Tuesday, October 19, 2010

Basic Bread, Part One: The Science

As with everything else, there are two kinds of people. Those who have made home-made bread, and those who haven't. Those who have can tell you that it's pretty easy. Those who haven't, seem convinced that it's a task requiring skill.

Let's start with something around the level of High School biology. Yeast is a fungus. It likes to eat, and reproduce. In fact, it's a lot like most college students in this regard.

The presence of food and warmth are basically all you need to encourage yeast to engage in reproductive activity. Again, not much different from college students.

During periods of vigorous reproductive activity, a lot of carbon dioxide is generated. And with yeast, this is also true.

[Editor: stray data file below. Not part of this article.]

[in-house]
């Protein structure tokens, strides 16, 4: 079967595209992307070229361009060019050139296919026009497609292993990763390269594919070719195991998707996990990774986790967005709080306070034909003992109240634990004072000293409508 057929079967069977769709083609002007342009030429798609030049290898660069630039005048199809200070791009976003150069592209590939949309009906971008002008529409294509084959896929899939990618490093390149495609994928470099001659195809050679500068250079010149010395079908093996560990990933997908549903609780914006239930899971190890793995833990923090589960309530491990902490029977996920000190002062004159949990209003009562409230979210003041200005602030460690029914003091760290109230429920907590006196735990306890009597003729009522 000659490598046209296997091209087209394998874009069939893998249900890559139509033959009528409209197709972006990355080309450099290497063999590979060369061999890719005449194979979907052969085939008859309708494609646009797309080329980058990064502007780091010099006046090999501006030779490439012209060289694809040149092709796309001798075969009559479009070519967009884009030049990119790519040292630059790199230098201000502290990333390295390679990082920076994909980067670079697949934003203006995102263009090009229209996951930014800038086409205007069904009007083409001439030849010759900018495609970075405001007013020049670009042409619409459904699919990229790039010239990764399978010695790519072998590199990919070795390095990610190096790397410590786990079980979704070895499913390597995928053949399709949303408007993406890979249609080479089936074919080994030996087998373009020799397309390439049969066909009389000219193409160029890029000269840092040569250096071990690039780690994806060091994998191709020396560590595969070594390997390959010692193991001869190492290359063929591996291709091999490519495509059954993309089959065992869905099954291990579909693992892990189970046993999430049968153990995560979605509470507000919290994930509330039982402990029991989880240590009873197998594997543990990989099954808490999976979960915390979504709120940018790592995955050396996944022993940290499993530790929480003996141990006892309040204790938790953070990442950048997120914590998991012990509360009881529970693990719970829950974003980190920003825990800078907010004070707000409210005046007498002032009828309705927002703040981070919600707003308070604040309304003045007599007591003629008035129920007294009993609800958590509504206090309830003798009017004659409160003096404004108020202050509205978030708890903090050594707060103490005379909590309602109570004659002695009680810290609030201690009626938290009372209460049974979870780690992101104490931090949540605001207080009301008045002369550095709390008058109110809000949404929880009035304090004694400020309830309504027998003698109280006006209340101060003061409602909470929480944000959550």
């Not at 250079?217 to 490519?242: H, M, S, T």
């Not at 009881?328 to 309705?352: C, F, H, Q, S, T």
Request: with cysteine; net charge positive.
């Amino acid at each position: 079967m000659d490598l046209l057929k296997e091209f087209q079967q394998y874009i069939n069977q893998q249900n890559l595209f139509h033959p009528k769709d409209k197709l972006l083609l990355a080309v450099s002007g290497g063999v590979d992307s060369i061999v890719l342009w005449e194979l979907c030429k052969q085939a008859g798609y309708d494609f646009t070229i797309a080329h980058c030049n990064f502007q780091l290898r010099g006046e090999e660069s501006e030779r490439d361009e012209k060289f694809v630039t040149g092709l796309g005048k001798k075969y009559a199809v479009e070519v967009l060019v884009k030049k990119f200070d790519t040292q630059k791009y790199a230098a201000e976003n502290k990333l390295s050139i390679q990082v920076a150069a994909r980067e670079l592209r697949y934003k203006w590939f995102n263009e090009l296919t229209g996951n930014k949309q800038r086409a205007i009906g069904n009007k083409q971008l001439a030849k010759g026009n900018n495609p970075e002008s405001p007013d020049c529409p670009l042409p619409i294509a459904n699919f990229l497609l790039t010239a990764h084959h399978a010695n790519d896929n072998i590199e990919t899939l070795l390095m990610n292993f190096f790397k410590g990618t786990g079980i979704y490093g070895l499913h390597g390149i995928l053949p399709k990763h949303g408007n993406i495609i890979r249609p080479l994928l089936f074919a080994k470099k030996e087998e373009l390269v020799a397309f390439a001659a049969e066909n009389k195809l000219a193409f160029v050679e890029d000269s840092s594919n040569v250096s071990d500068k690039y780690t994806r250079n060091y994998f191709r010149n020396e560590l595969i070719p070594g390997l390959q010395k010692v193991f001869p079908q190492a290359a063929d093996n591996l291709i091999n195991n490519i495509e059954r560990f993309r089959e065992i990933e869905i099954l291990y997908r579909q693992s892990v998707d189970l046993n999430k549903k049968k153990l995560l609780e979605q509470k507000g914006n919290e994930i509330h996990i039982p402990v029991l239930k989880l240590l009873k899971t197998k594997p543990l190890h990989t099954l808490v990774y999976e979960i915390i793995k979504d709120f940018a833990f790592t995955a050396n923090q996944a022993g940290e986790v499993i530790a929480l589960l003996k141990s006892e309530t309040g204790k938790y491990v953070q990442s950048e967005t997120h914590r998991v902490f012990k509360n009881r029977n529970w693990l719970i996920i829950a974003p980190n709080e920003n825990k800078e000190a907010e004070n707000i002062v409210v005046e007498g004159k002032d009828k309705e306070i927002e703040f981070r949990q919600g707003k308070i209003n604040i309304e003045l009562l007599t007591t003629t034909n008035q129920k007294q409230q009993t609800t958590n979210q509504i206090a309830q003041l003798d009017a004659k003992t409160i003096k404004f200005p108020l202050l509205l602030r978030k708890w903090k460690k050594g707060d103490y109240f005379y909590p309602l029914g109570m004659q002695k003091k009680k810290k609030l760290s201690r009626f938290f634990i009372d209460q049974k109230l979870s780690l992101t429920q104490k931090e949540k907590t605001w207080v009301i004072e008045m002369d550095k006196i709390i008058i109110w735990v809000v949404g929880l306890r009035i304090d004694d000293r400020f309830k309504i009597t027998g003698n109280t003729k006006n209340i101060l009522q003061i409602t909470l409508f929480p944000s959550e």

Flour and water are the basics of food for yeast, but sugar works very well, too.

This is a measuring cup that has 2 heaping teaspoons of brown sugar, dissolved in warm water, with around 2 1/4 teaspoons of yeast stirred in. Watch what happens within 10 minutes.

Note the generation of a huge pile of foam-->

(Evidence of reproductive activity... yours for the viewing on the internet. Again, not unlike some college students.)

Bread is a mixture of flour and water, with yeast inside. And the yeast will continue to happily reproduce within an environment that is almost entirely composed of food.

This is the magic of bread making: Think of yeast as a bunch of college students. Provide food, and adequate warmth, and they're bound to do what comes naturally. The rest is just the process of mixing, waiting, and turning up the heat.

Think of the oven as Spring Break in Mexico. It's hotter, there's a final reproductive blowout, and then everybody gets thoroughly baked.

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